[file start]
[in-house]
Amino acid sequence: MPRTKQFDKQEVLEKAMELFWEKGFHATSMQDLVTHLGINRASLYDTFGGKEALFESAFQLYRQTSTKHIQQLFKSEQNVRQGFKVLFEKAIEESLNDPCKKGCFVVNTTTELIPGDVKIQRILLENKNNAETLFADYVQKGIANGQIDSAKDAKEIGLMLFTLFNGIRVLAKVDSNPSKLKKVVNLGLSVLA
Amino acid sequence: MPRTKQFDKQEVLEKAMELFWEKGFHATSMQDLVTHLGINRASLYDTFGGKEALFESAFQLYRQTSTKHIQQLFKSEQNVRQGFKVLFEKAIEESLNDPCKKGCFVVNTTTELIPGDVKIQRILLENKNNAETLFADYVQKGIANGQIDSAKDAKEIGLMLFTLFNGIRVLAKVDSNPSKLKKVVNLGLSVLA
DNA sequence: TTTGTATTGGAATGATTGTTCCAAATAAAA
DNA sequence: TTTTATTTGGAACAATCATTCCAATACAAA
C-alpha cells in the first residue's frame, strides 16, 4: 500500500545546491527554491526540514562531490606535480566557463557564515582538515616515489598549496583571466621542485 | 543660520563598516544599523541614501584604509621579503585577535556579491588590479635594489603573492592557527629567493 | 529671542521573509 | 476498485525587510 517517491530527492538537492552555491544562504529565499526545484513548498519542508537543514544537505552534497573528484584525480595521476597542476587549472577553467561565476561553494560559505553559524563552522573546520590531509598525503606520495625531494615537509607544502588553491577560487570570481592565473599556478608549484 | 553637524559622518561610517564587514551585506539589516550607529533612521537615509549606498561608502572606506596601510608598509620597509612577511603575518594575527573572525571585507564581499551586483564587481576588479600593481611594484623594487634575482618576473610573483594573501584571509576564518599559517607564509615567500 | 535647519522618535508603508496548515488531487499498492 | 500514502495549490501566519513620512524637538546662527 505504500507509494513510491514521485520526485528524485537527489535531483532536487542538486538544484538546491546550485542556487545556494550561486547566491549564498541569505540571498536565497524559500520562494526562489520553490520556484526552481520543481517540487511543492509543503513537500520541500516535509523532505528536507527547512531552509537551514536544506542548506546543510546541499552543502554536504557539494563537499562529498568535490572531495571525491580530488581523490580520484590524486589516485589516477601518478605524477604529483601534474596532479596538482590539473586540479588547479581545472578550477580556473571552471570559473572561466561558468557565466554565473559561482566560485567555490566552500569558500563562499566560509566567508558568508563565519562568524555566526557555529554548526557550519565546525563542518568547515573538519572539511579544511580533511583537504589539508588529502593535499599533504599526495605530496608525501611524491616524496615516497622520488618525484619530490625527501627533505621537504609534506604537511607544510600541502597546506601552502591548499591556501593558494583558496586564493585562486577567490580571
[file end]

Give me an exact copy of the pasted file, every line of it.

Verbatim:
[in-house]
Amino acid sequence: MPRTKQFDKQEVLEKAMELFWEKGFHATSMQDLVTHLGINRASLYDTFGGKEALFESAFQLYRQTSTKHIQQLFKSEQNVRQGFKVLFEKAIEESLNDPCKKGCFVVNTTTELIPGDVKIQRILLENKNNAETLFADYVQKGIANGQIDSAKDAKEIGLMLFTLFNGIRVLAKVDSNPSKLKKVVNLGLSVLA
Amino acid sequence: MPRTKQFDKQEVLEKAMELFWEKGFHATSMQDLVTHLGINRASLYDTFGGKEALFESAFQLYRQTSTKHIQQLFKSEQNVRQGFKVLFEKAIEESLNDPCKKGCFVVNTTTELIPGDVKIQRILLENKNNAETLFADYVQKGIANGQIDSAKDAKEIGLMLFTLFNGIRVLAKVDSNPSKLKKVVNLGLSVLA
DNA sequence: TTTGTATTGGAATGATTGTTCCAAATAAAA
DNA sequence: TTTTATTTGGAACAATCATTCCAATACAAA
C-alpha cells in the first residue's frame, strides 16, 4: 500500500545546491527554491526540514562531490606535480566557463557564515582538515616515489598549496583571466621542485 | 543660520563598516544599523541614501584604509621579503585577535556579491588590479635594489603573492592557527629567493 | 529671542521573509 | 476498485525587510 517517491530527492538537492552555491544562504529565499526545484513548498519542508537543514544537505552534497573528484584525480595521476597542476587549472577553467561565476561553494560559505553559524563552522573546520590531509598525503606520495625531494615537509607544502588553491577560487570570481592565473599556478608549484 | 553637524559622518561610517564587514551585506539589516550607529533612521537615509549606498561608502572606506596601510608598509620597509612577511603575518594575527573572525571585507564581499551586483564587481576588479600593481611594484623594487634575482618576473610573483594573501584571509576564518599559517607564509615567500 | 535647519522618535508603508496548515488531487499498492 | 500514502495549490501566519513620512524637538546662527 505504500507509494513510491514521485520526485528524485537527489535531483532536487542538486538544484538546491546550485542556487545556494550561486547566491549564498541569505540571498536565497524559500520562494526562489520553490520556484526552481520543481517540487511543492509543503513537500520541500516535509523532505528536507527547512531552509537551514536544506542548506546543510546541499552543502554536504557539494563537499562529498568535490572531495571525491580530488581523490580520484590524486589516485589516477601518478605524477604529483601534474596532479596538482590539473586540479588547479581545472578550477580556473571552471570559473572561466561558468557565466554565473559561482566560485567555490566552500569558500563562499566560509566567508558568508563565519562568524555566526557555529554548526557550519565546525563542518568547515573538519572539511579544511580533511583537504589539508588529502593535499599533504599526495605530496608525501611524491616524496615516497622520488618525484619530490625527501627533505621537504609534506604537511607544510600541502597546506601552502591548499591556501593558494583558496586564493585562486577567490580571